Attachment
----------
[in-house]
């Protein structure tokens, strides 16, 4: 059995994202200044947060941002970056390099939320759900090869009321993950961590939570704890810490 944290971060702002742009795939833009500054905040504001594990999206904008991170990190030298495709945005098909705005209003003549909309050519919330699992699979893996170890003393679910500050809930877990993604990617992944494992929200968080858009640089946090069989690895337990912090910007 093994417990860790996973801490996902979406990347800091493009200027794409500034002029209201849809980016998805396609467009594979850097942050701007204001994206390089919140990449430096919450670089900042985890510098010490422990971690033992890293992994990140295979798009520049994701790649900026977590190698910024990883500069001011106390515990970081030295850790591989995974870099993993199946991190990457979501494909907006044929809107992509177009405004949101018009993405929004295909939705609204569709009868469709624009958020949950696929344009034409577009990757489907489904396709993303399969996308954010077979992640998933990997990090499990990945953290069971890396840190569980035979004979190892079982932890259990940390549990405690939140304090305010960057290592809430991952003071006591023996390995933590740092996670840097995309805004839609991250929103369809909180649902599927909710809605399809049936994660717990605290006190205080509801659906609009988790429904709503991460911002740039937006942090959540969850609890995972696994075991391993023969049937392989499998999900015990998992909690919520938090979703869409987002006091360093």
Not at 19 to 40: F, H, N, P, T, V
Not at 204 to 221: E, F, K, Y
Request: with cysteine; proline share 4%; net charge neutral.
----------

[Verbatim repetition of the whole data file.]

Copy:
[in-house]
């Protein structure tokens, strides 16, 4: 059995994202200044947060941002970056390099939320759900090869009321993950961590939570704890810490 944290971060702002742009795939833009500054905040504001594990999206904008991170990190030298495709945005098909705005209003003549909309050519919330699992699979893996170890003393679910500050809930877990993604990617992944494992929200968080858009640089946090069989690895337990912090910007 093994417990860790996973801490996902979406990347800091493009200027794409500034002029209201849809980016998805396609467009594979850097942050701007204001994206390089919140990449430096919450670089900042985890510098010490422990971690033992890293992994990140295979798009520049994701790649900026977590190698910024990883500069001011106390515990970081030295850790591989995974870099993993199946991190990457979501494909907006044929809107992509177009405004949101018009993405929004295909939705609204569709009868469709624009958020949950696929344009034409577009990757489907489904396709993303399969996308954010077979992640998933990997990090499990990945953290069971890396840190569980035979004979190892079982932890259990940390549990405690939140304090305010960057290592809430991952003071006591023996390995933590740092996670840097995309805004839609991250929103369809909180649902599927909710809605399809049936994660717990605290006190205080509801659906609009988790429904709503991460911002740039937006942090959540969850609890995972696994075991391993023969049937392989499998999900015990998992909690919520938090979703869409987002006091360093």
Not at 19 to 40: F, H, N, P, T, V
Not at 204 to 221: E, F, K, Y
Request: with cysteine; proline share 4%; net charge neutral.